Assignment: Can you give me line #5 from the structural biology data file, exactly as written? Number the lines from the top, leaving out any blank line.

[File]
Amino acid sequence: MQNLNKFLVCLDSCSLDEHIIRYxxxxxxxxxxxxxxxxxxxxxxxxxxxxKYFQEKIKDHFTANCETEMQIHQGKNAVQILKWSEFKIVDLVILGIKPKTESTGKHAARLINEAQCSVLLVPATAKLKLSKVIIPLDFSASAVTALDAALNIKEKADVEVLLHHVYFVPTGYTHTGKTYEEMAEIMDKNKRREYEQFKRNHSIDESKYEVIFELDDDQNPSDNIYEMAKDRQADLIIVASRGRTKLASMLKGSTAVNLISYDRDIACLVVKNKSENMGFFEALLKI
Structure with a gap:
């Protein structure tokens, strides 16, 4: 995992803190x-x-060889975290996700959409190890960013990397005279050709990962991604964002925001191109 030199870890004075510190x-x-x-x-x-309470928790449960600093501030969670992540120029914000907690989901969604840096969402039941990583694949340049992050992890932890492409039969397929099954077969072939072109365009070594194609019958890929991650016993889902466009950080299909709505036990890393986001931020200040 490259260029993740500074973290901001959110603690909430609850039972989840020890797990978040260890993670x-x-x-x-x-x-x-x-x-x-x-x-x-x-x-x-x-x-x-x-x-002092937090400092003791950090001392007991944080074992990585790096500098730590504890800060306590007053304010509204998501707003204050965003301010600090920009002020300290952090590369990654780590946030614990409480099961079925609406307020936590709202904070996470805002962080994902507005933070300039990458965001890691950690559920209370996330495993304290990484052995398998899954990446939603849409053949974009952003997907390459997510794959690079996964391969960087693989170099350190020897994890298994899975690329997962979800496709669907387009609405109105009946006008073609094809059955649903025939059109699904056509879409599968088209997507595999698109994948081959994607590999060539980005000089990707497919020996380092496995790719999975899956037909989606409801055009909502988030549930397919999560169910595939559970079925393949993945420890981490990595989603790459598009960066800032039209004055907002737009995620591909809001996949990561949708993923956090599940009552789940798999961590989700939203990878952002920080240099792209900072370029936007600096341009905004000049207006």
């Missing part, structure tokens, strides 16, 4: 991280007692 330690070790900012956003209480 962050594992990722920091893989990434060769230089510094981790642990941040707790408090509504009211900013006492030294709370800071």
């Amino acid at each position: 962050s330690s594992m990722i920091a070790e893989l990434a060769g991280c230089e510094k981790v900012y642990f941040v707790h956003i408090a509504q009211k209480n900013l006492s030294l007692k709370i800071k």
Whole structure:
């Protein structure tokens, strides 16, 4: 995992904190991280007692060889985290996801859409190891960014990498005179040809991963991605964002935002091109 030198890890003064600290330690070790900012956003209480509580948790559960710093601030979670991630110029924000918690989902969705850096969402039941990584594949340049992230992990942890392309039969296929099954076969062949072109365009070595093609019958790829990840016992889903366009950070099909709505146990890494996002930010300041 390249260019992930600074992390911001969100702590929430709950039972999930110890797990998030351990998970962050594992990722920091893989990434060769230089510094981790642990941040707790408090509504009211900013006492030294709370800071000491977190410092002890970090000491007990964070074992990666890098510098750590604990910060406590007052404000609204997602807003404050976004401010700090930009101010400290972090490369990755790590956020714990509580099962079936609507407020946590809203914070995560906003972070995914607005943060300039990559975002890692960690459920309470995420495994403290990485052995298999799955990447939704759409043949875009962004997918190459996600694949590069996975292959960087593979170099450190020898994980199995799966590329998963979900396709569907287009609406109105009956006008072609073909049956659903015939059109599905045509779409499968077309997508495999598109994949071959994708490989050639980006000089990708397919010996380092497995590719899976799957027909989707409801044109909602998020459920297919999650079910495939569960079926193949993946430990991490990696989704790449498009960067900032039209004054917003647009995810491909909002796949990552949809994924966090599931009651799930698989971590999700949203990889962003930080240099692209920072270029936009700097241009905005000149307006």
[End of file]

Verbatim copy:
């Amino acid at each position: 962050s330690s594992m990722i920091a070790e893989l990434a060769g991280c230089e510094k981790v900012y642990f941040v707790h956003i408090a509504q009211k209480n900013l006492s030294l007692k709370i800071k």